Honey is the purest of foods which under European Commission proposals Friday should remain so once rules about pollen from genetically modified plants found in it are straightened out.
The Commission said that "in line with international (World Trade Organization) standards, the proposal defines pollen as a natural constituent of honey and not as an ingredient."
Such an apparently simple formulation should, if accepted by all 27 EU member states, clarify the position for beekeepers left in limbo by a European Court of Justice ruling earlier this month.
The court said it considered pollen to be an ingredient in honey, rather than brought there naturally by the bees, and if it came from GM plants, then the honey would have to carry a warning that it contained GM products.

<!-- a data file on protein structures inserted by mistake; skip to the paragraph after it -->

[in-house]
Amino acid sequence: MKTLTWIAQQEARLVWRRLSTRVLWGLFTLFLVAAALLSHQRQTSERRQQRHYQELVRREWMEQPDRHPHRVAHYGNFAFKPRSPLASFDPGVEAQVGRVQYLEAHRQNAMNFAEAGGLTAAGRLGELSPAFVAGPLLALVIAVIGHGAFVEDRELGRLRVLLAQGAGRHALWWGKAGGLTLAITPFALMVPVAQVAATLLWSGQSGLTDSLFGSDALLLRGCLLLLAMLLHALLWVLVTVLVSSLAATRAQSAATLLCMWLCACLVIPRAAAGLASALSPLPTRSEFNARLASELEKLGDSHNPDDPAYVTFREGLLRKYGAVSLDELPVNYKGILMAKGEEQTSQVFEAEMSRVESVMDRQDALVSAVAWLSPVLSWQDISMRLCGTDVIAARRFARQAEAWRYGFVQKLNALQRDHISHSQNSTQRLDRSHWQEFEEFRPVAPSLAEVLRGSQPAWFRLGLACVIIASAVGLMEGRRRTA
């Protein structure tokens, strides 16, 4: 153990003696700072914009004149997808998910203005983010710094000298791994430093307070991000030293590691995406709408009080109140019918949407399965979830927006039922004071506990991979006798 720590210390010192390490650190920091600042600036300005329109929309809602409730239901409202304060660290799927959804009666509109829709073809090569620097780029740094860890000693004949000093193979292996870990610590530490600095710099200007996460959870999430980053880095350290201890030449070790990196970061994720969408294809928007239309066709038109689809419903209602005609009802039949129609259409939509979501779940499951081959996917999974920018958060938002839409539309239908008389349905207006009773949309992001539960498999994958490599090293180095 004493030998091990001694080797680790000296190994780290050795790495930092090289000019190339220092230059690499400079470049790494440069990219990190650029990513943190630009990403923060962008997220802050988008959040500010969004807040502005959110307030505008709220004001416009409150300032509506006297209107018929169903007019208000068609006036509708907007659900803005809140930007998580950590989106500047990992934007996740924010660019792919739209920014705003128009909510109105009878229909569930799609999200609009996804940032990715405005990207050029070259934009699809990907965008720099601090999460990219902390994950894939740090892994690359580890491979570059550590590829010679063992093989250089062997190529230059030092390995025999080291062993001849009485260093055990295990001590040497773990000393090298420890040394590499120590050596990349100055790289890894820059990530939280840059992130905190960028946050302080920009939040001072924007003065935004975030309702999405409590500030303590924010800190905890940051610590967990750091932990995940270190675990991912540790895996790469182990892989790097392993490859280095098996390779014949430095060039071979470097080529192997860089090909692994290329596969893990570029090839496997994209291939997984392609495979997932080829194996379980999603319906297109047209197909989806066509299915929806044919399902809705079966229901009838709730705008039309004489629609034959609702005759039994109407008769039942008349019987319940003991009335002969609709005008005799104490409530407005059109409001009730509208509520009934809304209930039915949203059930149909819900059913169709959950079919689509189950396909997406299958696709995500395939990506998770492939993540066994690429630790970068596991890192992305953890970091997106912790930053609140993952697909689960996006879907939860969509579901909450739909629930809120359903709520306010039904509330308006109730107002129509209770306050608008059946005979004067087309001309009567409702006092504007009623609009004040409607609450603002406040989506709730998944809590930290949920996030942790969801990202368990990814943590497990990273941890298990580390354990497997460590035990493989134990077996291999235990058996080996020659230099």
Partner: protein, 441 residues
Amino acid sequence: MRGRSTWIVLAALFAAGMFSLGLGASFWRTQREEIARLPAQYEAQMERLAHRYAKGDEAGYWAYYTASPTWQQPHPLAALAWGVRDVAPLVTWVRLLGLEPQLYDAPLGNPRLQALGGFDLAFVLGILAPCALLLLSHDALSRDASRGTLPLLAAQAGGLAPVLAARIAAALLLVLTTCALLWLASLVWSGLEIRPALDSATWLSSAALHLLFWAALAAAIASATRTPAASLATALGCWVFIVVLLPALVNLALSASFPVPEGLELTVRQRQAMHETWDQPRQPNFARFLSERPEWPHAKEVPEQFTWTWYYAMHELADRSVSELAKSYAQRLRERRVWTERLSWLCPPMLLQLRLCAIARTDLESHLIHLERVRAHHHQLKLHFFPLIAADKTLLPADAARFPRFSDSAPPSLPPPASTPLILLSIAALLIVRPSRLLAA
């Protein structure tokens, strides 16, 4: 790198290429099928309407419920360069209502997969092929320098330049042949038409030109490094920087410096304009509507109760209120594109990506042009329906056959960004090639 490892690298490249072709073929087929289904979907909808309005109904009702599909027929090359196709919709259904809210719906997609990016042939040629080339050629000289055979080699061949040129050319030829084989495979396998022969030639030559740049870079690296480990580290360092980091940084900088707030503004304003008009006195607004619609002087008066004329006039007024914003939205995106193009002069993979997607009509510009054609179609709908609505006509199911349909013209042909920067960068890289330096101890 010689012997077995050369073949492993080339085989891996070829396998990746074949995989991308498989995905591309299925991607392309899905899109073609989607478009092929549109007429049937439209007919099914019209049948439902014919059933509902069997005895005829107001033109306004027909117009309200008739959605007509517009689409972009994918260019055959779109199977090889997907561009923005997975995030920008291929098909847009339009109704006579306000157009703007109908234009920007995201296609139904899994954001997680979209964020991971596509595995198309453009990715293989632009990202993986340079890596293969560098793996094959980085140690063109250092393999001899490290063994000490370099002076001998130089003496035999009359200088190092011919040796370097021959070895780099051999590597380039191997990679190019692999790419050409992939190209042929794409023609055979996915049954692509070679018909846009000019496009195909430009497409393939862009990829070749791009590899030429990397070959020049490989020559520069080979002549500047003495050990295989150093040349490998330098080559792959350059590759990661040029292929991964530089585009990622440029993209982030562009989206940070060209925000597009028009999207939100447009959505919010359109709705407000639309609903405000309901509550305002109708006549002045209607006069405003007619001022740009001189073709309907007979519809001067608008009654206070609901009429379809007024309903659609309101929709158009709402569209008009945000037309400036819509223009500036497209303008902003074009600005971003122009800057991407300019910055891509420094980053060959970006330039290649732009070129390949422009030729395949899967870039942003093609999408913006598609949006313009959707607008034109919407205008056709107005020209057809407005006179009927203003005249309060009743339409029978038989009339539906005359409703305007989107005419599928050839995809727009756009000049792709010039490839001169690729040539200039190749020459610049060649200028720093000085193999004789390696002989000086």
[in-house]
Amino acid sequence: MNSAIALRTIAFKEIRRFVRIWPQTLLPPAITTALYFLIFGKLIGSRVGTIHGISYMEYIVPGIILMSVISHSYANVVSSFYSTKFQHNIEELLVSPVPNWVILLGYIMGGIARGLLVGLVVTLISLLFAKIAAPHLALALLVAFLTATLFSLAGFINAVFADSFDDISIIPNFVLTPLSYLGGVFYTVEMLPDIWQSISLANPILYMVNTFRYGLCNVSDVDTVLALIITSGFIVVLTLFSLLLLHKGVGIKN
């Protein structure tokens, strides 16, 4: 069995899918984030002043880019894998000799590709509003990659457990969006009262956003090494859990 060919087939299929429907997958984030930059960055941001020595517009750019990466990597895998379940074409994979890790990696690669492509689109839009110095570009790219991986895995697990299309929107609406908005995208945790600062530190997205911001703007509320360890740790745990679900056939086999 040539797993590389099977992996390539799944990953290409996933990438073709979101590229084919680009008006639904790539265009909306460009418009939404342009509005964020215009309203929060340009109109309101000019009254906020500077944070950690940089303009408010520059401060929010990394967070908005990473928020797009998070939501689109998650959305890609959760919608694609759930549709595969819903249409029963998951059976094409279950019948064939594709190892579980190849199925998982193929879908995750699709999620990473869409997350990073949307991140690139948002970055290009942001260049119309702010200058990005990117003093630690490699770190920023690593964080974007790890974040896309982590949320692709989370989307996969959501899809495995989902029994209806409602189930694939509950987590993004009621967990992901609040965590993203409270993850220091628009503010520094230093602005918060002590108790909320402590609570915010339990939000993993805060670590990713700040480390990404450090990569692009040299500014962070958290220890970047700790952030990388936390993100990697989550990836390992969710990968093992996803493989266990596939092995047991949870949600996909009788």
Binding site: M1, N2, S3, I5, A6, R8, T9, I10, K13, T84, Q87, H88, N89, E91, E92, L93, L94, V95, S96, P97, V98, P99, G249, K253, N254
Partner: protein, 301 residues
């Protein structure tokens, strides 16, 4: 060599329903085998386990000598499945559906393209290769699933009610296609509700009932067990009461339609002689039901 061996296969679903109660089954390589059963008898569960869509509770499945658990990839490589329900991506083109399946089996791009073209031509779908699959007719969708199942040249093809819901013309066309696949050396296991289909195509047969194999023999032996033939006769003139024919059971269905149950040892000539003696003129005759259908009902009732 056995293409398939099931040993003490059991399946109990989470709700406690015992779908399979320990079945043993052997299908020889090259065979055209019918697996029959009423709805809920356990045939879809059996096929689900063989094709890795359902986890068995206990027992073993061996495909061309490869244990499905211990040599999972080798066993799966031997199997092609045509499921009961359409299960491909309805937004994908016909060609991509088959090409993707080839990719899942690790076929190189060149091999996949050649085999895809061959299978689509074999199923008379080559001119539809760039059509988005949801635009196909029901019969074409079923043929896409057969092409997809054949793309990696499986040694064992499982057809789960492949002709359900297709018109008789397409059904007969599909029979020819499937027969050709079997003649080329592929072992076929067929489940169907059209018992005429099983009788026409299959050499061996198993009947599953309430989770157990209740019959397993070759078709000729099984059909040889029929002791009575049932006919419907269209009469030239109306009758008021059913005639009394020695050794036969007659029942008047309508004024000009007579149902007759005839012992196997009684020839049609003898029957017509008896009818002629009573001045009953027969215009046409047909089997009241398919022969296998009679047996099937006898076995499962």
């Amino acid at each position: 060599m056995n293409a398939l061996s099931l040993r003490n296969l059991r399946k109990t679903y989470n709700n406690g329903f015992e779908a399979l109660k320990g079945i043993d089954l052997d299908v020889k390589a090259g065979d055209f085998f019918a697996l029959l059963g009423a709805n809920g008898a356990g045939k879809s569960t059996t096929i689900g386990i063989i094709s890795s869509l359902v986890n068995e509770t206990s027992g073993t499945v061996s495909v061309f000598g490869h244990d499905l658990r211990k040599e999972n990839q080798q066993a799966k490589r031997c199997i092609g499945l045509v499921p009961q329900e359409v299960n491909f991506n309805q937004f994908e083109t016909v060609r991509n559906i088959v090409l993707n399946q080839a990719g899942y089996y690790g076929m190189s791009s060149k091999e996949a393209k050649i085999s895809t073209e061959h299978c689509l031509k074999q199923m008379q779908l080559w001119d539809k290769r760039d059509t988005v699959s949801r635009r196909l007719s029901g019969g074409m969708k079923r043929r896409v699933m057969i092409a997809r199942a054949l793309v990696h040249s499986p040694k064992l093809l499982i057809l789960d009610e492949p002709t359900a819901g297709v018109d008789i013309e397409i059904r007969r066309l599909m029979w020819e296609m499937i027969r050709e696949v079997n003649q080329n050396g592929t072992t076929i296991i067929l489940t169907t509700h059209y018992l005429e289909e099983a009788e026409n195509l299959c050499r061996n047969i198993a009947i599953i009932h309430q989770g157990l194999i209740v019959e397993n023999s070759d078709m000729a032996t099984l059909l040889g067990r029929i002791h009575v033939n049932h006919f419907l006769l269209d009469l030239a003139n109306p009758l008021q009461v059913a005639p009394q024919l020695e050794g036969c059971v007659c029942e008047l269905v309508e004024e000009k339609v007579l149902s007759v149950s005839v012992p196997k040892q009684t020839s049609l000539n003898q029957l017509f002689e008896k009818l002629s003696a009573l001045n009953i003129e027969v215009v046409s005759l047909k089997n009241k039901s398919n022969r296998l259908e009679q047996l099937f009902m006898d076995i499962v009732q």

The warning would be needed if GM pollen accounted for 0.9 percent of all the pollen in the honey, thereby undercutting the 'purity' branding that producers prize above all.
In contrast, the Commission judged that pollen gets into the honey "as a result of the activity of the bees and is found in honey regardless of whether the beekeeper intervenes.
"Consequently, since pollen is considered as a natural constituent of honey, EU labelling rules requiring a list of ingredients would not apply."
The Greenpeace environmental group in a tweet attacked the proposal, saying it was meant to sweep the issue under the carpet.
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